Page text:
Marketers and small business owners need to show that what they say comes from the heart, says Mark Masters.
When someone else is drawn to you, it comes from a place of personalisation. It’s grounded in what you believe in and your levels of enthusiasm for it. You make more relevant connections by tuning into what your audience is intrigued about and relating that to your point of interest or belief.
How to draw people to you beyond what you create can be a missing ingredient when it comes to content marketing. You might look to pull the wool over someone’s eyes with click-baity headlines, unconvincing company videos and “18 ways to” dullness, but it’s not going to be sustainable in the long term.
You may have your customer personas nailed to a tee and their personalities are so precise you feel like you’ve found an extra Crème Egg at the back of the fridge. However, this is not enough if your audience is not drawn to you. People don’t buy from bold headlines or intense persona mapping. They buy from people they can rely on to deliver content with them in mind.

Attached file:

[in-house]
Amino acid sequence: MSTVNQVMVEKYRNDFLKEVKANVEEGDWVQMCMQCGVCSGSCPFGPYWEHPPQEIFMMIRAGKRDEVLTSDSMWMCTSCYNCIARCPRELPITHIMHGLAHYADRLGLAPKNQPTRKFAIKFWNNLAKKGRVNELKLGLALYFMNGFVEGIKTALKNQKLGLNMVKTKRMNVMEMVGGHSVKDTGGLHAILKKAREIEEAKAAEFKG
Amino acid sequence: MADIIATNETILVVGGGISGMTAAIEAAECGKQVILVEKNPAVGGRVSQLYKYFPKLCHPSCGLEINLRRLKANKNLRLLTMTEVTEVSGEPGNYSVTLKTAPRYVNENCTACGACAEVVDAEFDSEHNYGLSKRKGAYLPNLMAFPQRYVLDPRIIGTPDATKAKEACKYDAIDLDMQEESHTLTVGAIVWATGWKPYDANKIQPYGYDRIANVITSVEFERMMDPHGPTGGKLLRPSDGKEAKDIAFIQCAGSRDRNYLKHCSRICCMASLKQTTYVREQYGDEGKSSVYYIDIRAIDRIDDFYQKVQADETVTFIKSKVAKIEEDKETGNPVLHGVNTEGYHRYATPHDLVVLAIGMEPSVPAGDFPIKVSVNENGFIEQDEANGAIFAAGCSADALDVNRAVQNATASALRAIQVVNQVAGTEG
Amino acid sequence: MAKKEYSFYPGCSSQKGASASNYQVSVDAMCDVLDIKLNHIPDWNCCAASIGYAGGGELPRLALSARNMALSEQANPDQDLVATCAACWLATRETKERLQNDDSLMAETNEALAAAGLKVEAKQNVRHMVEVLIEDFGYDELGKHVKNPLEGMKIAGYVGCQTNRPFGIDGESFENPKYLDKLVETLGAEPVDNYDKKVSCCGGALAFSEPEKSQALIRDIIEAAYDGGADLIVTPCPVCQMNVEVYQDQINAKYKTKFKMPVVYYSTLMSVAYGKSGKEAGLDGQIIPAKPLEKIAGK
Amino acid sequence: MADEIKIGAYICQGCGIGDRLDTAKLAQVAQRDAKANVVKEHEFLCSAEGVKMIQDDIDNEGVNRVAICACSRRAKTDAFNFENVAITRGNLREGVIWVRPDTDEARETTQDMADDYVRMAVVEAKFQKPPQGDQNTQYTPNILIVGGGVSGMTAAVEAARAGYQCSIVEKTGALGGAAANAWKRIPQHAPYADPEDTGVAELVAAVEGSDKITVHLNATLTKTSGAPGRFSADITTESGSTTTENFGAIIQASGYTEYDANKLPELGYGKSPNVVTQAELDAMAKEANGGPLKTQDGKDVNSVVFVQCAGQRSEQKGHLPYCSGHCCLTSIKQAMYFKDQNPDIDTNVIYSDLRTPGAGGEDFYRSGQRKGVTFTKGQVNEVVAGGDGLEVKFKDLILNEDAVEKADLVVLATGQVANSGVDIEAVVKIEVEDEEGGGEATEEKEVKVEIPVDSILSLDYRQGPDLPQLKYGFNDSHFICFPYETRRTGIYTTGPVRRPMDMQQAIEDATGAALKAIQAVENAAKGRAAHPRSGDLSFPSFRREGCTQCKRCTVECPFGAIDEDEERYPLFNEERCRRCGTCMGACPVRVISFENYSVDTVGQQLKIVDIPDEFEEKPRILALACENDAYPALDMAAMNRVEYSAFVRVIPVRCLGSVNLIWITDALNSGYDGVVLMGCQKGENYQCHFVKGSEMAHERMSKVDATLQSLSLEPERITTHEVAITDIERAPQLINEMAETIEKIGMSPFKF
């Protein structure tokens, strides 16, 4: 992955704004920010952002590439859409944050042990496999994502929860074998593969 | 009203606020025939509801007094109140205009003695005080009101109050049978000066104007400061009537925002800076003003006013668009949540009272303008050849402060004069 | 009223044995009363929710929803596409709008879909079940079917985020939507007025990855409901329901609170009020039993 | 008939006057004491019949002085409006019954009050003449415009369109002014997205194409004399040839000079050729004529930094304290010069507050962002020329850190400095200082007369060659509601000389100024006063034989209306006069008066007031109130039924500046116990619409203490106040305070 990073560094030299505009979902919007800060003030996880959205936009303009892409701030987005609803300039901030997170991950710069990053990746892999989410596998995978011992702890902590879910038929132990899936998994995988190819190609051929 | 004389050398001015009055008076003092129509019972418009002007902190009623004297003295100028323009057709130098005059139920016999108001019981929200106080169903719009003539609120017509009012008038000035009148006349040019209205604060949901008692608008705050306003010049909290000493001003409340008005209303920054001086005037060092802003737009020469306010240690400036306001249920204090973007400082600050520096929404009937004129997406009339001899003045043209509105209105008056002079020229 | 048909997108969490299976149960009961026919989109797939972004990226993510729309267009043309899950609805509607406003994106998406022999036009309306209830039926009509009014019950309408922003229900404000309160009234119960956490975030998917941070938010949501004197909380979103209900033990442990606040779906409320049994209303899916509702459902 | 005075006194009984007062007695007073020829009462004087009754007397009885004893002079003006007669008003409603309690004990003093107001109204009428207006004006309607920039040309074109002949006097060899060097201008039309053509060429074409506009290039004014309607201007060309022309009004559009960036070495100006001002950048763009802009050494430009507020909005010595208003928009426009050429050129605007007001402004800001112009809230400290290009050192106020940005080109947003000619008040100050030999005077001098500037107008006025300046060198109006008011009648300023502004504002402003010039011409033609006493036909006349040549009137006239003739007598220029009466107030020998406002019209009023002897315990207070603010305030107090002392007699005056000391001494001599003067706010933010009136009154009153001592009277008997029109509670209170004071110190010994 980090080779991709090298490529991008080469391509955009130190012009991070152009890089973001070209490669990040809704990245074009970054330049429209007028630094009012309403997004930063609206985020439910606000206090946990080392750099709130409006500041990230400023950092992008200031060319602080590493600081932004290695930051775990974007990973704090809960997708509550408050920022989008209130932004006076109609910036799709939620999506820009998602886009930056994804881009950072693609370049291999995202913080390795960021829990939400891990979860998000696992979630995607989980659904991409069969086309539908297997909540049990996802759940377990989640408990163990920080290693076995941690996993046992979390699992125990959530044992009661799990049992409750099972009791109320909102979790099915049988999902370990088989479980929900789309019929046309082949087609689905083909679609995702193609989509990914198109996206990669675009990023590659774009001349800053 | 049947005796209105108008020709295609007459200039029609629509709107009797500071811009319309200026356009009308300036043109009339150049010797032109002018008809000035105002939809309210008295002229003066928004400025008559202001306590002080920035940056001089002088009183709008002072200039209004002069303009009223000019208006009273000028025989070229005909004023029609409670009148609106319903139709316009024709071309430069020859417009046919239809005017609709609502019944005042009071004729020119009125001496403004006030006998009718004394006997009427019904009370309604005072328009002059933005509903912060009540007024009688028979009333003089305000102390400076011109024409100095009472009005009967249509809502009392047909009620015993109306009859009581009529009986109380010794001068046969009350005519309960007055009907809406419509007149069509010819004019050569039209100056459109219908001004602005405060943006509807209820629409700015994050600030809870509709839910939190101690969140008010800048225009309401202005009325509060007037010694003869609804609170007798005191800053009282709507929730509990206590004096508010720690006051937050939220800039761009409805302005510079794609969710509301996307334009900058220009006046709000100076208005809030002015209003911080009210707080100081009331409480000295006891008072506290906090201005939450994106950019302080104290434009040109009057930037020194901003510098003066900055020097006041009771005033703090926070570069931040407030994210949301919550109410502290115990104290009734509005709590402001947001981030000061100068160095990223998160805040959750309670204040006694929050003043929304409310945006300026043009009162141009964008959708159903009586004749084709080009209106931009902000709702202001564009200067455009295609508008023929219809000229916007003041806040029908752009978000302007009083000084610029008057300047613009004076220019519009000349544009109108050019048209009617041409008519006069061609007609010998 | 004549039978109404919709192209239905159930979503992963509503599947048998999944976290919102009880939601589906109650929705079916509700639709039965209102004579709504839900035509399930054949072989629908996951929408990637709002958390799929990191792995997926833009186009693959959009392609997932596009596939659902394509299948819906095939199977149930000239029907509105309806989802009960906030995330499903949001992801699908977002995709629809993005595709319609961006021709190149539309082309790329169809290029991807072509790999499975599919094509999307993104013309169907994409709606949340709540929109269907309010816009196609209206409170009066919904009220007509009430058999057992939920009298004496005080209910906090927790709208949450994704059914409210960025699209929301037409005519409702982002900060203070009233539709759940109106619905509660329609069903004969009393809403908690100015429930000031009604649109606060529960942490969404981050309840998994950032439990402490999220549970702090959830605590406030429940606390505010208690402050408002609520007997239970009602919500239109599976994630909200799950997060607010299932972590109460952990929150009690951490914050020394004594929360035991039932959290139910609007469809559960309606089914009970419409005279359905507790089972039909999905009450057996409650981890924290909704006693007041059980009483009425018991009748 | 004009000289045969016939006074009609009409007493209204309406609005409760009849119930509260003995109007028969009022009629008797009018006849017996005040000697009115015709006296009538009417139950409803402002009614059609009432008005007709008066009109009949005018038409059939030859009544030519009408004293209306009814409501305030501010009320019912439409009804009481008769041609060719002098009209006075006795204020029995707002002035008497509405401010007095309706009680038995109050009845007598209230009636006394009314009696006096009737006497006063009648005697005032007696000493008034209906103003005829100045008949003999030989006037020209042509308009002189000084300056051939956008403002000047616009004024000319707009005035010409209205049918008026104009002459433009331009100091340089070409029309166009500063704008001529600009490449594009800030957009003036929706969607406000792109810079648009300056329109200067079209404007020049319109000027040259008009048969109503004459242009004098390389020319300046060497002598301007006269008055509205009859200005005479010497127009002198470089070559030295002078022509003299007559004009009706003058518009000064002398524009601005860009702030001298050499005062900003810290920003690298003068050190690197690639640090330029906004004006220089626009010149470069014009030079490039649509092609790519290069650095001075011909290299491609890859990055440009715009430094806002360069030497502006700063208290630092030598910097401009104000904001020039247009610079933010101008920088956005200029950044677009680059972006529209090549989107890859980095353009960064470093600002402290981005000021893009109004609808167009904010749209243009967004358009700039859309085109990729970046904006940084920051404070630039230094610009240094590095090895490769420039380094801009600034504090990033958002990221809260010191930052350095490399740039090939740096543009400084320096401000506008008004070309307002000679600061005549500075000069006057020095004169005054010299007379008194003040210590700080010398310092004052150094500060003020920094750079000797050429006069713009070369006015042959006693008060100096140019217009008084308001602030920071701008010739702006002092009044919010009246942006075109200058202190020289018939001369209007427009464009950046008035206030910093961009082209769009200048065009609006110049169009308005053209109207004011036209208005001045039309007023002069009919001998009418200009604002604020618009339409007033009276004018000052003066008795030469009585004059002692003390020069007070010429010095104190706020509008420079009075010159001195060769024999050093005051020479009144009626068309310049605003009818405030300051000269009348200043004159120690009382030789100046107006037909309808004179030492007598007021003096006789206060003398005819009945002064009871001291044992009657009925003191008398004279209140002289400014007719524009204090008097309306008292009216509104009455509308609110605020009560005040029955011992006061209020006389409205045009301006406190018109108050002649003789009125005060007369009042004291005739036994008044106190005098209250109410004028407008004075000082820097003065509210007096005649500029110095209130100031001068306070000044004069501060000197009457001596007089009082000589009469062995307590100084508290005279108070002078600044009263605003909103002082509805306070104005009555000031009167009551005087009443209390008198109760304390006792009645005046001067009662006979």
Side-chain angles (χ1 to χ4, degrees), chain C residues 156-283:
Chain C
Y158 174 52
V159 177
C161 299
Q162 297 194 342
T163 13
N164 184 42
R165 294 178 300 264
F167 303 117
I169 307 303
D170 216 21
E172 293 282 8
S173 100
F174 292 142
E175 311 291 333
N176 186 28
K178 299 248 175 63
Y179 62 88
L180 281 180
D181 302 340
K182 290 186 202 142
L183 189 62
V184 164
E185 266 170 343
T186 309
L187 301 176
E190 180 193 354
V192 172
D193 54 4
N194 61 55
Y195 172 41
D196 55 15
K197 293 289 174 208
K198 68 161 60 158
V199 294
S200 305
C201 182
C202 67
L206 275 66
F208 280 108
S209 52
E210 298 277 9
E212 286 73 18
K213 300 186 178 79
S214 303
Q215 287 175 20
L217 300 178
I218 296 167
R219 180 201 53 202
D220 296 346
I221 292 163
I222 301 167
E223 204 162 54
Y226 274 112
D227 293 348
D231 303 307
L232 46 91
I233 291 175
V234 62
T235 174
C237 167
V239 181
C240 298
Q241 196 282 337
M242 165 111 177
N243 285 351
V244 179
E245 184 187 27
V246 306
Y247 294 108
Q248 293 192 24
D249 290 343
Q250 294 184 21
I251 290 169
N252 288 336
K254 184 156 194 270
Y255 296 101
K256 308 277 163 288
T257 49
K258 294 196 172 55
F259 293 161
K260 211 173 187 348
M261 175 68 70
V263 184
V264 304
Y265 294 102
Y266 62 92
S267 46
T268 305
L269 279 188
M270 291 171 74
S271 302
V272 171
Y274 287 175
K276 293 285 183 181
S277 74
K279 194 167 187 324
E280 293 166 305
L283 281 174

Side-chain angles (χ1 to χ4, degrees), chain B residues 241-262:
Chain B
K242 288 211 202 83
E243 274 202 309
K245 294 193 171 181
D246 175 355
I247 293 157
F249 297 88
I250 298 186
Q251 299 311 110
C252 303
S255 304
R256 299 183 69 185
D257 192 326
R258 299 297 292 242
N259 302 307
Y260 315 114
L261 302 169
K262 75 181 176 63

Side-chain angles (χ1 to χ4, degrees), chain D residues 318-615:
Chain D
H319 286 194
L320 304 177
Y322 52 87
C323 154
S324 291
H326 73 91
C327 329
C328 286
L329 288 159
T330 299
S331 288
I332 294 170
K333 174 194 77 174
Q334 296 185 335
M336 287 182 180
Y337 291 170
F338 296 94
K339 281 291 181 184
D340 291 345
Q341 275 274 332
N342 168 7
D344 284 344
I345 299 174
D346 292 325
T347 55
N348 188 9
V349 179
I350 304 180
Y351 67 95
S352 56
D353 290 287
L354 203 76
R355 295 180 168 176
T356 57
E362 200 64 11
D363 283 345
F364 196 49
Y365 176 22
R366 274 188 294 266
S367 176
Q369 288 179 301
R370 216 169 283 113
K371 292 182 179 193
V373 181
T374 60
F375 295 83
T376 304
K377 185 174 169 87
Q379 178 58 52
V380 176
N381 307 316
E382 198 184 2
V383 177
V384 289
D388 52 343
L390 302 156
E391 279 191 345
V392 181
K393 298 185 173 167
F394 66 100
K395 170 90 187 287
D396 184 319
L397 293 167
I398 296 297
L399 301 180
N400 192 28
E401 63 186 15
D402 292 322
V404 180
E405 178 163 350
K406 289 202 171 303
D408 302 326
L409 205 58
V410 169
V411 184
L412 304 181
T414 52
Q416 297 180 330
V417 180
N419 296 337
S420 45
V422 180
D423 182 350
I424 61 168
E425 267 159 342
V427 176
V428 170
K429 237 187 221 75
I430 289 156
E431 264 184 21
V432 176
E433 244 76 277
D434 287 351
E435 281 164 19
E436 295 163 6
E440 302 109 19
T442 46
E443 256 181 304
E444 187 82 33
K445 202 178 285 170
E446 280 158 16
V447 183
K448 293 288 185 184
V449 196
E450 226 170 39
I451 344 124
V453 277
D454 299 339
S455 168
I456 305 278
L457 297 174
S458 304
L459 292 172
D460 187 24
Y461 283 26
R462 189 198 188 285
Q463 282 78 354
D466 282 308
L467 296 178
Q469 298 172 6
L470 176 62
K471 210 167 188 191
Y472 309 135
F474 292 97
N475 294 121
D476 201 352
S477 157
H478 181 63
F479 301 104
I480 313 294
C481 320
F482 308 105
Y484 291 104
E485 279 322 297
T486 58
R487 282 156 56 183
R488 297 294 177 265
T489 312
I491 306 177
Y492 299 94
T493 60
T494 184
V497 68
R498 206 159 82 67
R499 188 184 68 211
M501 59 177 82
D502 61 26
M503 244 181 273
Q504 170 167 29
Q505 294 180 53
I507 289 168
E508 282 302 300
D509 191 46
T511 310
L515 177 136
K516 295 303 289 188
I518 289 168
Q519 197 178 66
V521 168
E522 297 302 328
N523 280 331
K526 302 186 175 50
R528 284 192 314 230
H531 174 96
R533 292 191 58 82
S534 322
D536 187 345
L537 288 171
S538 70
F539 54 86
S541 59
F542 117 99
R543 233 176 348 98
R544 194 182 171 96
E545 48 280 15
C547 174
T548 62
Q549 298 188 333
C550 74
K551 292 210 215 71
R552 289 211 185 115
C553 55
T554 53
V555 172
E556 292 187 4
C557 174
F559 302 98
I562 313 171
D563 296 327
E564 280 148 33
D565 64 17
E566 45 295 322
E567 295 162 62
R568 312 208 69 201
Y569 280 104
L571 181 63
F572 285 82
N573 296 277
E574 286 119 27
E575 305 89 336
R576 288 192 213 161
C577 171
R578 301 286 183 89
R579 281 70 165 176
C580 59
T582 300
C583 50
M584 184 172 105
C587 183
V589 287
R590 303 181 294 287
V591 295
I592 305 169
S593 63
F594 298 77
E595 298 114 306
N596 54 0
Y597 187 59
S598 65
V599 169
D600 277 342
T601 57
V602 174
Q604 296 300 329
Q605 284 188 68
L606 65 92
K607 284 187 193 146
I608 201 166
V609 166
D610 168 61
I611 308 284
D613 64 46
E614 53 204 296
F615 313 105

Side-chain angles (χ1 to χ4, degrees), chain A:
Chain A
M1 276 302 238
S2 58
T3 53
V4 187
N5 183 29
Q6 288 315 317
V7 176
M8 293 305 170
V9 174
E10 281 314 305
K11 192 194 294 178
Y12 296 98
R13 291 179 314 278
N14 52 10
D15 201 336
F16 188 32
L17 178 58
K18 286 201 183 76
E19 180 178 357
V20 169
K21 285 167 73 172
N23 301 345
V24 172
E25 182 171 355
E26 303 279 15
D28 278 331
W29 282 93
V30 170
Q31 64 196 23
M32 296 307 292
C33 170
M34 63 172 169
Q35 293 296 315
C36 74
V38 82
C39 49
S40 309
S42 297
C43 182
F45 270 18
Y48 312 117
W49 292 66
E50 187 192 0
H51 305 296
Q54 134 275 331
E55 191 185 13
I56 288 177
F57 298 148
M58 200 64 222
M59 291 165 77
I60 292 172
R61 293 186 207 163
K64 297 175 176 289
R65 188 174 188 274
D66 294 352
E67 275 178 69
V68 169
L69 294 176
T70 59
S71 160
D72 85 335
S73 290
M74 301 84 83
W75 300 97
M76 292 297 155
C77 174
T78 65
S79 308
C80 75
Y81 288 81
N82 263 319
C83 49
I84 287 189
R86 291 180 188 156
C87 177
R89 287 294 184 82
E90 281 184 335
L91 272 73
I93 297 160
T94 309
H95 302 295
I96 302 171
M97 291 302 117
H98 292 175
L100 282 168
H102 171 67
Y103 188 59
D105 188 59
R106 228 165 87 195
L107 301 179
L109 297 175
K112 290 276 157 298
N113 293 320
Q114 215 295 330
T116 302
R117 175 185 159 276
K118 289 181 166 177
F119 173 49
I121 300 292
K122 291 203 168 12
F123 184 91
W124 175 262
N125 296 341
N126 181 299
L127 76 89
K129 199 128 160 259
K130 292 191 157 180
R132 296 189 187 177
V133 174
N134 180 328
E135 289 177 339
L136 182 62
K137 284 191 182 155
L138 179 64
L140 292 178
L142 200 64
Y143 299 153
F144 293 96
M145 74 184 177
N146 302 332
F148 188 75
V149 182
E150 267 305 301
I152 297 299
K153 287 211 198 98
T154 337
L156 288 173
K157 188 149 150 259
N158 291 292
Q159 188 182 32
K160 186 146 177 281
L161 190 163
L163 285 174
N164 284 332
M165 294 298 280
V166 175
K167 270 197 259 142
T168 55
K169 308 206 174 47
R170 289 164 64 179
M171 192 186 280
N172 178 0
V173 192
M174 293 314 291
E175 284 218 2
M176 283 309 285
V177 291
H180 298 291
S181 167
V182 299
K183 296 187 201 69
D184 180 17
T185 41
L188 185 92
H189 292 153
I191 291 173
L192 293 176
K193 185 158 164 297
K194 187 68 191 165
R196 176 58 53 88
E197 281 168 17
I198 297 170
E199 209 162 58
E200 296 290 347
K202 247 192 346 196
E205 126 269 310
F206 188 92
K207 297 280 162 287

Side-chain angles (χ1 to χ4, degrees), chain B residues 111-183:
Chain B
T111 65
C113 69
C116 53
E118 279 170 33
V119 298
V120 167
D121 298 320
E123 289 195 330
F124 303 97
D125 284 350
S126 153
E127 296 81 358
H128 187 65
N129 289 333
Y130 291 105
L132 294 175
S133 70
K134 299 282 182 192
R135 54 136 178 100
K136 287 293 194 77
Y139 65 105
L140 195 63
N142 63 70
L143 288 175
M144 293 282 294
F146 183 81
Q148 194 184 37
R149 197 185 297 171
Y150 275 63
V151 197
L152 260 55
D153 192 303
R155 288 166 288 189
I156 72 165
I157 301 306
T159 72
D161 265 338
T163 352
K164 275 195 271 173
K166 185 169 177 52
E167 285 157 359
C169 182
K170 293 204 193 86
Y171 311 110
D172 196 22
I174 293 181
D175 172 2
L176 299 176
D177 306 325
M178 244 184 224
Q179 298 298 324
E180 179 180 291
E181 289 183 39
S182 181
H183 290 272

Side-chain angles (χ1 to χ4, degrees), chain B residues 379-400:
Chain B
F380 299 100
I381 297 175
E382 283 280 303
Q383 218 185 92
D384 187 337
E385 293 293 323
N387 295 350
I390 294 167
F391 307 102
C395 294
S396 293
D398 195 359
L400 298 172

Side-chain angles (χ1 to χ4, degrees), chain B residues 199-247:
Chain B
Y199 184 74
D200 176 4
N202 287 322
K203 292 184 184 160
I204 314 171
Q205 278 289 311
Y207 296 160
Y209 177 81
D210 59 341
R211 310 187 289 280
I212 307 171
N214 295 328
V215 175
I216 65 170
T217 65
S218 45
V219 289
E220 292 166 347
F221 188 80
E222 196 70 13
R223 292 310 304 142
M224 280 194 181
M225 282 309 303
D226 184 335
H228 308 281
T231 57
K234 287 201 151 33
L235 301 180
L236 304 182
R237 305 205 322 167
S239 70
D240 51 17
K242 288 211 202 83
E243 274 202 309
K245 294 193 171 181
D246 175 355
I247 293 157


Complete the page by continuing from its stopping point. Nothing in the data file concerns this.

The right place with the right people
Every month, the You Are The Media Lunch Club meets in the town of Bournemouth, on the south coast of England, to discuss ways that businesses can adopt a consistent, content-driven approach. It’s a way to get people to listen to others (brands and practitioners) and have the confidence to create and build their own audience. I’m seeing companies that are succeeding are those who know who their audience is and the role they serve … and then lean into it.
One lunchtime session that really stands out for me was with Ali Carmichael from Bournemouth-based company ExperienceUX. Everything the decade-old business does is founded on the principals of user experience design and research. It doesn’t want to be led astray and become a full-blown agency – to see a project all the way through and effectively become a design and web-build entity that’s swimming with a myriad of other companies. By having a defined personality, people know it’s flying the flag for user experience in the south of England and the people involved are doing it from a place of sharing. They haven’t gone back on the values that have been in place for 10 years.
No meaning, just noise
Havas Group’s most recent Meaningful Brands study surveyed 300,000 people from 33 countries worldwide. It revealed that 60 per cent of those people believe that most content created by companies is just noise and has no meaning to them. As the study highlights, content created is “poor, irrelevant or fails to deliver”. About three in every four of those surveyed said they wouldn’t care if a brand completely disappeared. If you’re not relevant, why should others care?